The concept behind Hunt the Night is very apparent. Take elements from games people love such as Link to the Past, Dark Souls and even Devil May Cry and combine them in the hopes of creating something that is part familiar, part unique but most importantly, completely enjoyable.
The most immediate influences that the player will be met with is of the SNES Legend of Zelda title, by way of the graphics. Everything is rendered in a wonderfully detailed pixel style utilizing the isometric viewpoint. There is a definite ‘modern retro’ vibe as the player traverses through dimly lit caverns, perilous swamps and fields littered with view obstructing trees. Where the game attempts to differentiate itself is in tone, as it is unlikely that the player can go more than a couple of screens without seeing pools of blood or corpses strewn about the landscape.
The world of Medhram is one that houses danger around every corner, so it makes sense that to explore it; you take control of Vesper, a member of the monster hunting order, the Stalkers. The peril is well worth it for the fun you will have searching the map for beneficial items. There are a number of blood shrines and optional hunts to increase your health pool, treasure chests that can house new weapons or armors and even a series of dark magic spells to help further your combat abilities to stumble upon. Puzzles do exist, which may sometimes serve as roadblocks for retrieval, or your story progression, but they are usually not overly complex and lore items will often be near them that provide hints.
The bigger threat to your progress will be the many creatures that want to add you to the collection of blood splatter and corpses that pollute the landscape. These range from more traditional enemies such as wolves all the way to projectile firing flower creatures and bats with skeleton heads. There is a level of excitement involved with heading into a new biome since it means finding a new series of enemies to cut down.
Combat involves mixing a series of attacks that include melee swings, firing projectiles and casting magic. All of the melee weapons have their own attack patterns, combo speeds and some even have passive bonuses. You could be using a spear with a poison effect on it to quickly inflict a debuff on your foe and then decide to change it up with a claymore that swings much slower and requires close range but packs a much stronger punch. Also, you can’t just lean on ranged attacks since ammo is replenished via your melee attacks, so you will need to plan out the best time to pop off a few shots. Spells just have cool downs so keep an eye on the prompt as well. It all balances pretty well and there would be no complaints if not for a bit of stiff controls that don’t provide the same animation cancelling we might be used to. Oh and invisible enemies, they are jerks.
Also, it shouldn’t need to be said, but platforming shouldn’t be so frequent in an isometric game. Dodging between moving or temporary platforms on a rotating timer is fine, until you are doing it for the umpteenth time and just want to get on with it. This is a real shame as these are most frequent in the dungeons which usually have more interesting puzzles and mechanics than the open world and some pretty impressive boss fights that will probably call upon a decent number of failed attempts to overcome. There were a few times where a challenge seems insurmountable but be persistent and eventually a pattern will just click.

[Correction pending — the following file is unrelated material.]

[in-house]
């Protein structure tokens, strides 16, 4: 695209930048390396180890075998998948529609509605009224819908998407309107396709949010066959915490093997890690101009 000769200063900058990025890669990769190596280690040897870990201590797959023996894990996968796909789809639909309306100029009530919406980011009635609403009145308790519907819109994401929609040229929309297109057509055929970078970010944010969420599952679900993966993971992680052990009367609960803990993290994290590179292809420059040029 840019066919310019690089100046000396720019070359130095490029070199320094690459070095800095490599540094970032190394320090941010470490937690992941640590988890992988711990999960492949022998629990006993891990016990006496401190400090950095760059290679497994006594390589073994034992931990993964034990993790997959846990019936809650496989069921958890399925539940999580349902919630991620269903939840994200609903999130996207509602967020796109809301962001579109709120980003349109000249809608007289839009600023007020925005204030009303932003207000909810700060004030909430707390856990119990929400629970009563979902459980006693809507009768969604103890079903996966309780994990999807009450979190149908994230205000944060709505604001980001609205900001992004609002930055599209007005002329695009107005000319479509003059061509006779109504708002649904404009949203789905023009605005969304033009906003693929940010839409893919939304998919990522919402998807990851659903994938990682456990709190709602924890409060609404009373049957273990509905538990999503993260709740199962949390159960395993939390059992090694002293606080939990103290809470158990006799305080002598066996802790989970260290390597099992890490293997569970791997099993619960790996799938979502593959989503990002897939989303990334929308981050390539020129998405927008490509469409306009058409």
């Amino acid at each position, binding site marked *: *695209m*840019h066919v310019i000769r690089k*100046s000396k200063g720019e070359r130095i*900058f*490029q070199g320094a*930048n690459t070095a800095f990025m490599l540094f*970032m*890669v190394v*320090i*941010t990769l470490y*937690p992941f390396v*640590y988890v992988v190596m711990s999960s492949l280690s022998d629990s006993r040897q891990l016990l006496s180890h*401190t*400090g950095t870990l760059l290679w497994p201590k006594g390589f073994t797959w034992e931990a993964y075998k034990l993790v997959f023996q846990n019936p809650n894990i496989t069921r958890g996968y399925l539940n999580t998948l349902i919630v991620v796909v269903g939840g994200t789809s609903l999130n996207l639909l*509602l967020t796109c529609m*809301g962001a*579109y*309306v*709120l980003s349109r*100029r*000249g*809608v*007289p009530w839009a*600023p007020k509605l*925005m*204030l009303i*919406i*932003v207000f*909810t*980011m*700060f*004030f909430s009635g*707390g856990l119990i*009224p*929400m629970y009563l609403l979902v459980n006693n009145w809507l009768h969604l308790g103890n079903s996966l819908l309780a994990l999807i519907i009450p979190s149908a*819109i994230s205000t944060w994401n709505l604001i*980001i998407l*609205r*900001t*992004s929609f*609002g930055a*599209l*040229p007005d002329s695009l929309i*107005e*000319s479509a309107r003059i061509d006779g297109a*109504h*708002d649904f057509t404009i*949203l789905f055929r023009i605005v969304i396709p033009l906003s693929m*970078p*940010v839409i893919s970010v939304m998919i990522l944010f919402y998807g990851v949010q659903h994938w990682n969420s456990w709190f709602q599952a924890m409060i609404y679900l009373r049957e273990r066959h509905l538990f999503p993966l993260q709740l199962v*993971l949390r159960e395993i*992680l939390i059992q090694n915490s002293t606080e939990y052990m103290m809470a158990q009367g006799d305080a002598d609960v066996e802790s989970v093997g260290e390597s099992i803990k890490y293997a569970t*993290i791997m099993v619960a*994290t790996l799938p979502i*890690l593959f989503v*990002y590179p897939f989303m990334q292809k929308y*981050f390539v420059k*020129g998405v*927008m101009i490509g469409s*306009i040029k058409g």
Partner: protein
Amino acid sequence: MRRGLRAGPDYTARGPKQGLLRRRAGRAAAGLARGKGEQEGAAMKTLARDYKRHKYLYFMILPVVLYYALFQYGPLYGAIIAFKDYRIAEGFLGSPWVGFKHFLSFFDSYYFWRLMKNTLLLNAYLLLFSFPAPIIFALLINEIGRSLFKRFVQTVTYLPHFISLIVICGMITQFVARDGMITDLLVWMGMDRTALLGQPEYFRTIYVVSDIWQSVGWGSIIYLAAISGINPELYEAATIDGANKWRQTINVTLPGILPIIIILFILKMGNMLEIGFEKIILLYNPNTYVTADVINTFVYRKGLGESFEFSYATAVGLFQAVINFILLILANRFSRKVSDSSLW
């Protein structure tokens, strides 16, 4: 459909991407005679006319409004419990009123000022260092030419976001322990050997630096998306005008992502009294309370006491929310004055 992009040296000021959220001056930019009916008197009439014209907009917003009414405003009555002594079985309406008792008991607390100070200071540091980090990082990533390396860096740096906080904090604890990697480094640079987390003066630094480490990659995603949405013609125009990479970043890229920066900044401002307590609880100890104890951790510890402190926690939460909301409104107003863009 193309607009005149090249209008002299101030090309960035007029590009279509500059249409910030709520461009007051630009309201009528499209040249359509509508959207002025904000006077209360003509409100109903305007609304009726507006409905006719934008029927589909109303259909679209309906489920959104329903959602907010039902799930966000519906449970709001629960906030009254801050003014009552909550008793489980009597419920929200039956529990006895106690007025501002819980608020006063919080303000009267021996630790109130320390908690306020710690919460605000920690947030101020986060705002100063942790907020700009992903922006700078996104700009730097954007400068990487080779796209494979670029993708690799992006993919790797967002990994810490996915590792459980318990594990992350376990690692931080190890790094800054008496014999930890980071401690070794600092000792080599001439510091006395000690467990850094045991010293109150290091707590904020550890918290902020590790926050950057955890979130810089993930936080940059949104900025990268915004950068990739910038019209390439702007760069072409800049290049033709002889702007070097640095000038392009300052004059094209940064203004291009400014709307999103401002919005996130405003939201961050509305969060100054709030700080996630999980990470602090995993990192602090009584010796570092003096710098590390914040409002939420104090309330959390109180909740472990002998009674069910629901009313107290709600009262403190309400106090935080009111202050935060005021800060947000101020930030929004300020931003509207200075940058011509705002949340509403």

Perhaps my biggest complaint comes from the story. Not necessarily in the quality of it but the sheer quantity of it. Dialogue with NPCs and even optional journal entries will go on for way too long, to the point that rolling your eyes is not an uncommon reaction to seeing that text box pop up. Cutting down on some of the fluff very well could have provided the same feel and tone to the narrative but kept the pacing higher. As such many people will be tempted to skip a lot altogether and that should be a real problem except like many souls like games, I don’t believe it’s necessary to enjoy the experience.
Unlike the aforementioned genre of games, Hunt the Night is a bit more forgiving in that the currency you amass while fighting enemies isn’t lost or dropped on defeat. You actually keep all of it and just port back to your last save shrine with all standard enemies respawning and your health potions refilling. This effect also occurs from just using a save shrine so that is where some of the comparisons will come from. Unfortunately, this game doesn’t have a leveling system so the currency is just that, usable at a vendor to purchase some armor or moonstones that provide passive bonuses. Hunt the Night is a very enjoyable experience that often left me feeling frustrated upon defeat but having that outweighed by my need to simply try again and be victorious. Aside from a warning that a little bit of time needs to be taken to gel with the combat and familiarize with the iframes, this is a very easy game to recommend to any fan of the plethora of influences it pulls from.